Young People Living with MS: The Need to Engage

Aoife Kirwan
Written by
Aoife Kirwan

One of the main things I hear when people learn that I have multiple sclerosis is “but you are so young.” For some reason MS is associated with people who are older than me. I think about why this is the case. Perhaps it’s because the effects of MS are more visible in someone who is older and possibly in a more progressed stage of the illness. I think young people are sometimes reluctant to be visible with MS. When I was diagnosed, I did not know any other young people living with MS. I knew of some older ones, but nobody my age. I craved that connection, just to know somebody else was on a similar journey at a similar age.

The things you consider a problem at 23 and the things you consider a problem at 43 are very different. When you’re 43 and you find out you have MS, you may already be married, have a house, have children, have a career. When you’re 23 you are only beginning to lay the foundation for your future. Once you are diagnosed you have to factor MS into the decisions to do all of those things.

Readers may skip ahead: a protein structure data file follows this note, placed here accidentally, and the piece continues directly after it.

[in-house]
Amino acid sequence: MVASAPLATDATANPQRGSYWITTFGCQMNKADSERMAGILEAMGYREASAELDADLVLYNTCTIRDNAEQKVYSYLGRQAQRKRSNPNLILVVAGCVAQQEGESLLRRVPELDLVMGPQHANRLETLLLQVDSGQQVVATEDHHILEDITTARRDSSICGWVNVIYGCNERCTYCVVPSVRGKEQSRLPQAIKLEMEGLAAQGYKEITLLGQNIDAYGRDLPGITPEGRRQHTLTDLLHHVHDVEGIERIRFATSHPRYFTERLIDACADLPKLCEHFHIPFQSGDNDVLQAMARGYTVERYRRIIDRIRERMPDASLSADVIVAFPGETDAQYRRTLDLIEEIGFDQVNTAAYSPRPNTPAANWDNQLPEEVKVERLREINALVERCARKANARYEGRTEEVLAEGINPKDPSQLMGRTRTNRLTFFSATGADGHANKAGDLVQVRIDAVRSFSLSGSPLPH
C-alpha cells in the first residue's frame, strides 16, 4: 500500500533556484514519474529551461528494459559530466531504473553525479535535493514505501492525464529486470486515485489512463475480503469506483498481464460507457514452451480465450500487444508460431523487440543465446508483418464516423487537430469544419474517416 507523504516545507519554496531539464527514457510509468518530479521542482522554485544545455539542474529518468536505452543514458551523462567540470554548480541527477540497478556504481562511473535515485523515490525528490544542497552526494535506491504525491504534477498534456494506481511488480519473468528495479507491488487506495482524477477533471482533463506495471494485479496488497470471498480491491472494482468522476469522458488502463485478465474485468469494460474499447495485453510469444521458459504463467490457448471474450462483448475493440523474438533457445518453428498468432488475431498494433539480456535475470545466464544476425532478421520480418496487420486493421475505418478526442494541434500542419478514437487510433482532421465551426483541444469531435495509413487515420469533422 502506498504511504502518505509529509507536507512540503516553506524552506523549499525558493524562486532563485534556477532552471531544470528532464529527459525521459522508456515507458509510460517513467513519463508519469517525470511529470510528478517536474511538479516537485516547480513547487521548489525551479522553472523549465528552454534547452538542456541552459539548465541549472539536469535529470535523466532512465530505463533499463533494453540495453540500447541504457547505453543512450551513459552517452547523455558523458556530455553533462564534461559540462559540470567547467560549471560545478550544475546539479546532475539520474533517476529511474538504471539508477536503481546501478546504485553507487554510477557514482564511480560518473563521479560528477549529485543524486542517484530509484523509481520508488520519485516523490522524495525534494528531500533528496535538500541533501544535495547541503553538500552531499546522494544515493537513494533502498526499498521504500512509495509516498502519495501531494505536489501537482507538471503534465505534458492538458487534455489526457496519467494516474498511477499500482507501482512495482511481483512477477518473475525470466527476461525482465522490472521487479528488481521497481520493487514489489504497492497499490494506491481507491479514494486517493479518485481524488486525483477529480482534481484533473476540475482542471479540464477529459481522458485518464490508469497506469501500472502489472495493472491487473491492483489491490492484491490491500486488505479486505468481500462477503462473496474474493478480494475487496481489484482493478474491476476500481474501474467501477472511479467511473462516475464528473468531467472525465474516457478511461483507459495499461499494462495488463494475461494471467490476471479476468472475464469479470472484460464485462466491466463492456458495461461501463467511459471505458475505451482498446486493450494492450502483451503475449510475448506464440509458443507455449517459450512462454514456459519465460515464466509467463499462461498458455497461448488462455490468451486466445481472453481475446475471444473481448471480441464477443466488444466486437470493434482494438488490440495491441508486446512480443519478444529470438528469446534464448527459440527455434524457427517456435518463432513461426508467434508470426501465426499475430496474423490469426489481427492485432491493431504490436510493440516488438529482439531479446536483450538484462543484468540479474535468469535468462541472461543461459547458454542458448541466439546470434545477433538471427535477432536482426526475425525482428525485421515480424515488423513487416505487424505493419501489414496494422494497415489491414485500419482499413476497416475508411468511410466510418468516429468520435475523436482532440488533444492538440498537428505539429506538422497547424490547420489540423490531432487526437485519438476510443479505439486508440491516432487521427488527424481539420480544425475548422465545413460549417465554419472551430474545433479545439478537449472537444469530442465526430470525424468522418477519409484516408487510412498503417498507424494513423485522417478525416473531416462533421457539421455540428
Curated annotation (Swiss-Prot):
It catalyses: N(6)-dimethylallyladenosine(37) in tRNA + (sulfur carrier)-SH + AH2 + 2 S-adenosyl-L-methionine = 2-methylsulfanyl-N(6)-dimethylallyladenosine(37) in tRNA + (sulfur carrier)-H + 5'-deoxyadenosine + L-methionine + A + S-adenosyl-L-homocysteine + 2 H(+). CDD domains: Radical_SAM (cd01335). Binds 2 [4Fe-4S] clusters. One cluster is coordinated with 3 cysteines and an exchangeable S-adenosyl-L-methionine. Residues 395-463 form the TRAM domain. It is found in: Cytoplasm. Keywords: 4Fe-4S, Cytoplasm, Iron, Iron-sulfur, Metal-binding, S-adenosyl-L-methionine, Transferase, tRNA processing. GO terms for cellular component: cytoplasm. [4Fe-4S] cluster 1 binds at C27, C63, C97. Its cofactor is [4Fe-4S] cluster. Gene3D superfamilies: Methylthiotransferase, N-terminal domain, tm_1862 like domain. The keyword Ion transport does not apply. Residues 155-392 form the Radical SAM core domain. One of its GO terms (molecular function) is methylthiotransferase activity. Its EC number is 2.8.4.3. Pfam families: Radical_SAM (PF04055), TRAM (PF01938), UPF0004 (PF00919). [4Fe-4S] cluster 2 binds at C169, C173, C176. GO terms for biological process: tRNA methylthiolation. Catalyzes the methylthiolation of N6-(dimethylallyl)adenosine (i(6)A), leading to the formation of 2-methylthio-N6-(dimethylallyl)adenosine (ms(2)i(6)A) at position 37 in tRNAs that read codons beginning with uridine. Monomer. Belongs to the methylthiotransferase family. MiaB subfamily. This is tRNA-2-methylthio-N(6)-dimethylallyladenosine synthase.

For me, I initially felt that having everyone know about my diagnosis was unnecessary. I didn’t want to think too much about it in the early stages as I was trying to finish college at the time. When I thought about MS then, I did associate it with people who were older, and people who had mobility issues, because that was all I knew of it. I didn’t want to be labeled at 23. I felt that if everyone knew they would look at me differently – that they would treat me differently. That was not something that I was interested in. I guess in my mind, if I associated MS with older people with mobility issues, then so would everyone else. So instead of me being a normal 23 year old, I felt I would become this 23 year old who was just waiting to become older and less able-bodied. I write this and feel horrific. I look at things now in a completely different light, and I am not as ignorant to the facts as I was back then.

What I would like to see is a higher visibility and acknowledgement for young people living with MS. I understand that many keep it quiet, so that it is a less intrusive factor in their lives, but it doesn’t have to be. Interact, contact, connect with other young people living with MS. Let each other know that we are all united on this journey together. Ask, question, answer, share advice and knowledge with each other. Become part of the MS community and change the stereotype of what a young MSer is. After all, we’re not people living with MS, we’re people living.

So to all you young folks out there, who’s with me?

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